The politics of undocumented migrant childhoods : Agency, rights, vulnerability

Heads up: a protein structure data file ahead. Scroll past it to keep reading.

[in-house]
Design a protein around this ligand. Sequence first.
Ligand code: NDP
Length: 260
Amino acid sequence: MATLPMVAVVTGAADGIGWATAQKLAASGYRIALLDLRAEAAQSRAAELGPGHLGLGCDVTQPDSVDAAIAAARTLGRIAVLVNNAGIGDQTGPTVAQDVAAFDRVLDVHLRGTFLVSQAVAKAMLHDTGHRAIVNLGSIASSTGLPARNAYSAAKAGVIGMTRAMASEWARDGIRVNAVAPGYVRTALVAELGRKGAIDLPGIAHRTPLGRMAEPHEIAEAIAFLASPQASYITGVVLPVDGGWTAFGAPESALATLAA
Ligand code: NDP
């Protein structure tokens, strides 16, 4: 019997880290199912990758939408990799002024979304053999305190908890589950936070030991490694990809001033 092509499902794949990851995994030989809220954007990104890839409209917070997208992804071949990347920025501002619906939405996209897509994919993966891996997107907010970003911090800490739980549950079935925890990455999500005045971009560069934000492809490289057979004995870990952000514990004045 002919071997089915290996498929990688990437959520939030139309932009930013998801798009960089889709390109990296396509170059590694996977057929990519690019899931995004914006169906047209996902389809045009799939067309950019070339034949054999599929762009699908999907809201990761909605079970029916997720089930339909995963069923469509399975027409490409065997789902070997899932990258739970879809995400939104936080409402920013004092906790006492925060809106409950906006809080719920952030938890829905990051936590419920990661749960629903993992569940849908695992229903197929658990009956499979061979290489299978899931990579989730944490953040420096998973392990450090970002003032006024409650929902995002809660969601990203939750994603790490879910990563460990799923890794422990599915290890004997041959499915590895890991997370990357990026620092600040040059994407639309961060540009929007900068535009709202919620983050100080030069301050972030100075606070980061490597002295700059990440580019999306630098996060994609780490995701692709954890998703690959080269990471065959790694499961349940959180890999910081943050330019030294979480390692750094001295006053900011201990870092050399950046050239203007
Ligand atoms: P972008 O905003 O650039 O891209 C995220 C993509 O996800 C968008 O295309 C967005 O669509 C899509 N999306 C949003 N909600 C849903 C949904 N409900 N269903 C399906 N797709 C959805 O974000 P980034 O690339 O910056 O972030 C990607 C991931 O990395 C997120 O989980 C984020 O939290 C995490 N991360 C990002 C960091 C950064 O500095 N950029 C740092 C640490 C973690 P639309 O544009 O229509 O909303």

Abstract: In this thesis, I investigate the paradoxical characteristics of political struggles that take place in relation to undocumented migrant childhoods. Drawing on ethnographic research in Birmingham, UK and Malmö, Sweden between 2014 and 2017, I take as my starting point the everyday life experiences of children and families who have experienced living under an immanent risk of deportation. Through a critical engagement with issues of agency, rights and vulnerability, I contrast the experiences of the children and their families with the development of policies and political debates in both countries. By analysing the contexts of Birmingham, UK and Malmö, Sweden in parallel as sites of irregular migration, I contribute with a clearer understanding of the specific characteristics of how each context constructs and governs irregular migration and how this is experienced by migrants themselves.In this thesis, I argue that a discussion about the political agency of children positioned as undocumented migrants is crucial for an informed and contextualised understanding of the political conflicts that characterise the issue of undocumented migrant childhoods. Through an analysis of the children and families’ everyday struggles, I highlight the role played by children’s rights as being perhaps the most important resource for enabling limited forms of support for these families from the host societies. However, I also show how the arguments and practices surrounding rights can be mobilised for migration control. In this sense,rights are “dangerous”.I suggest that if the intergenerational context of undocumented children’s rights is neglected, there is a risk that the human rights of children as well as adults will be marginalised. State actors arguing for the rights of undocumented migrant children often attempt to strengthen children’s deservingness by portraying their parents as “bad parents”who put their children at risk of increased vulnerability. While the state views the parents as putting their children at risk by “hiding” them, the parents view the state as putting their children at risk by trying to deport them. Parents are then forced to act as “humanitarian agents” responsible for caring for the children when state support to the rights-bearing migrant child is limited by the notion of the migrant child at risk of deportation.This “child migrant paradox” is an overall entrance point from which many of the political issues discussed in the thesis can be traced. The politics of rights in the context of undocumented migration is closely related to processes of vulnerability. Rights are mostly perceived as a matter of implementation while vulnerabilities, which rights are supposed to ameliorate, are mainly understood as descriptively self-evident. In this thesis, I problematise such commonplace understandings of rights and vulnerabilities and theorises them as fundamentally political concepts that need to be understood as enacted and reproduced through different political processes at different scales.I introduce the concept of “vulnerabilisation” to capture how states first create vulnerability through hostile policies towards undocumented migrants, then label the targeted groups as vulnerable and finally utilise this vulnerability to rationalise the governing of undocumented migrant children and families’ mobility and territorial presence. To enable children’s rights to be a productive tool for challenging the repressive governing of migrant families and children, I argue in this thesis that both the children’s rights paradigm and the vulnerabilisation of migrant childhoods need to be problematised and contextualised. Rights struggles by and on behalf of undocumented migrant children and families thus need to be aware of the fundamentally political character of rights and vulnerability.

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